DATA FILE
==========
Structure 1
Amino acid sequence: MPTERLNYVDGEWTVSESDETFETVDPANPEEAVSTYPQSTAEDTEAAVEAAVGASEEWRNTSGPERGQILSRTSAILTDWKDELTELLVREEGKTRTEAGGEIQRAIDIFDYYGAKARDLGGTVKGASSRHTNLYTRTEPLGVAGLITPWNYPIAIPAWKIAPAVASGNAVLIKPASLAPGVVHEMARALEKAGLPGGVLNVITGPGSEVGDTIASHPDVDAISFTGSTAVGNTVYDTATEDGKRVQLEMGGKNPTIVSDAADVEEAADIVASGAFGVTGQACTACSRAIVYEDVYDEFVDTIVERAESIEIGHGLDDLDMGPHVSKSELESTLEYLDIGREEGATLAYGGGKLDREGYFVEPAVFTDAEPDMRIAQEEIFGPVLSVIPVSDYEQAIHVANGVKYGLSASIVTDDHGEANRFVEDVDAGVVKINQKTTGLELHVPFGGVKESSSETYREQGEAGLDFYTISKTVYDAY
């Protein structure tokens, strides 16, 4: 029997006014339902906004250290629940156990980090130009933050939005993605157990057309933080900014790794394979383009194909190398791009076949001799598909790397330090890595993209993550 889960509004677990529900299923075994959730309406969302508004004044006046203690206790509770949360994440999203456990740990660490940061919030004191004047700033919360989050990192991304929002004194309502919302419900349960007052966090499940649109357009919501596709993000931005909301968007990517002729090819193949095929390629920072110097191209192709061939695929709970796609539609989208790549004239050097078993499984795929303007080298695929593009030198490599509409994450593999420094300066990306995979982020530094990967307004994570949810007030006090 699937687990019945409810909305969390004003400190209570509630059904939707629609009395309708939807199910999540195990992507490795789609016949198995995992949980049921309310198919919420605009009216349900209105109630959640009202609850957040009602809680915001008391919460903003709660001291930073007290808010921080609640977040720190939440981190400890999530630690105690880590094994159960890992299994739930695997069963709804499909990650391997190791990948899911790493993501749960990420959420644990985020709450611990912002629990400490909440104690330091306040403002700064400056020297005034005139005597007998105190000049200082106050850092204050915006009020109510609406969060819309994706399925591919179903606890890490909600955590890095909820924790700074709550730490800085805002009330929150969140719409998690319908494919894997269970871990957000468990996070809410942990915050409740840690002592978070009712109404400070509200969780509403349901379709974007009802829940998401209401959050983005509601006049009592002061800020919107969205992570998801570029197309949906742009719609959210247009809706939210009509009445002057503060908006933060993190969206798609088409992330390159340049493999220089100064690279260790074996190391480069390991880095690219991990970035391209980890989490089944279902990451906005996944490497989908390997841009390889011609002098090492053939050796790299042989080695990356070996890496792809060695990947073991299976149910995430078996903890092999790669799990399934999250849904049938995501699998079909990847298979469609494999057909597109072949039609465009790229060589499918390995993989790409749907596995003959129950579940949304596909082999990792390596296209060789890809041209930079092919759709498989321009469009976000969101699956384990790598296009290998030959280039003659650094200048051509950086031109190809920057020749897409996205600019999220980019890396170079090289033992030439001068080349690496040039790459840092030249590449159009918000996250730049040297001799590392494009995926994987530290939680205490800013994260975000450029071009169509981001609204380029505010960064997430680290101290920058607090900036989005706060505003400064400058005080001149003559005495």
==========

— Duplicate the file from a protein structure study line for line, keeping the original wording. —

Structure 1
Amino acid sequence: MPTERLNYVDGEWTVSESDETFETVDPANPEEAVSTYPQSTAEDTEAAVEAAVGASEEWRNTSGPERGQILSRTSAILTDWKDELTELLVREEGKTRTEAGGEIQRAIDIFDYYGAKARDLGGTVKGASSRHTNLYTRTEPLGVAGLITPWNYPIAIPAWKIAPAVASGNAVLIKPASLAPGVVHEMARALEKAGLPGGVLNVITGPGSEVGDTIASHPDVDAISFTGSTAVGNTVYDTATEDGKRVQLEMGGKNPTIVSDAADVEEAADIVASGAFGVTGQACTACSRAIVYEDVYDEFVDTIVERAESIEIGHGLDDLDMGPHVSKSELESTLEYLDIGREEGATLAYGGGKLDREGYFVEPAVFTDAEPDMRIAQEEIFGPVLSVIPVSDYEQAIHVANGVKYGLSASIVTDDHGEANRFVEDVDAGVVKINQKTTGLELHVPFGGVKESSSETYREQGEAGLDFYTISKTVYDAY
């Protein structure tokens, strides 16, 4: 029997006014339902906004250290629940156990980090130009933050939005993605157990057309933080900014790794394979383009194909190398791009076949001799598909790397330090890595993209993550 889960509004677990529900299923075994959730309406969302508004004044006046203690206790509770949360994440999203456990740990660490940061919030004191004047700033919360989050990192991304929002004194309502919302419900349960007052966090499940649109357009919501596709993000931005909301968007990517002729090819193949095929390629920072110097191209192709061939695929709970796609539609989208790549004239050097078993499984795929303007080298695929593009030198490599509409994450593999420094300066990306995979982020530094990967307004994570949810007030006090 699937687990019945409810909305969390004003400190209570509630059904939707629609009395309708939807199910999540195990992507490795789609016949198995995992949980049921309310198919919420605009009216349900209105109630959640009202609850957040009602809680915001008391919460903003709660001291930073007290808010921080609640977040720190939440981190400890999530630690105690880590094994159960890992299994739930695997069963709804499909990650391997190791990948899911790493993501749960990420959420644990985020709450611990912002629990400490909440104690330091306040403002700064400056020297005034005139005597007998105190000049200082106050850092204050915006009020109510609406969060819309994706399925591919179903606890890490909600955590890095909820924790700074709550730490800085805002009330929150969140719409998690319908494919894997269970871990957000468990996070809410942990915050409740840690002592978070009712109404400070509200969780509403349901379709974007009802829940998401209401959050983005509601006049009592002061800020919107969205992570998801570029197309949906742009719609959210247009809706939210009509009445002057503060908006933060993190969206798609088409992330390159340049493999220089100064690279260790074996190391480069390991880095690219991990970035391209980890989490089944279902990451906005996944490497989908390997841009390889011609002098090492053939050796790299042989080695990356070996890496792809060695990947073991299976149910995430078996903890092999790669799990399934999250849904049938995501699998079909990847298979469609494999057909597109072949039609465009790229060589499918390995993989790409749907596995003959129950579940949304596909082999990792390596296209060789890809041209930079092919759709498989321009469009976000969101699956384990790598296009290998030959280039003659650094200048051509950086031109190809920057020749897409996205600019999220980019890396170079090289033992030439001068080349690496040039790459840092030249590449159009918000996250730049040297001799590392494009995926994987530290939680205490800013994260975000450029071009169509981001609204380029505010960064997430680290101290920058607090900036989005706060505003400064400058005080001149003559005495």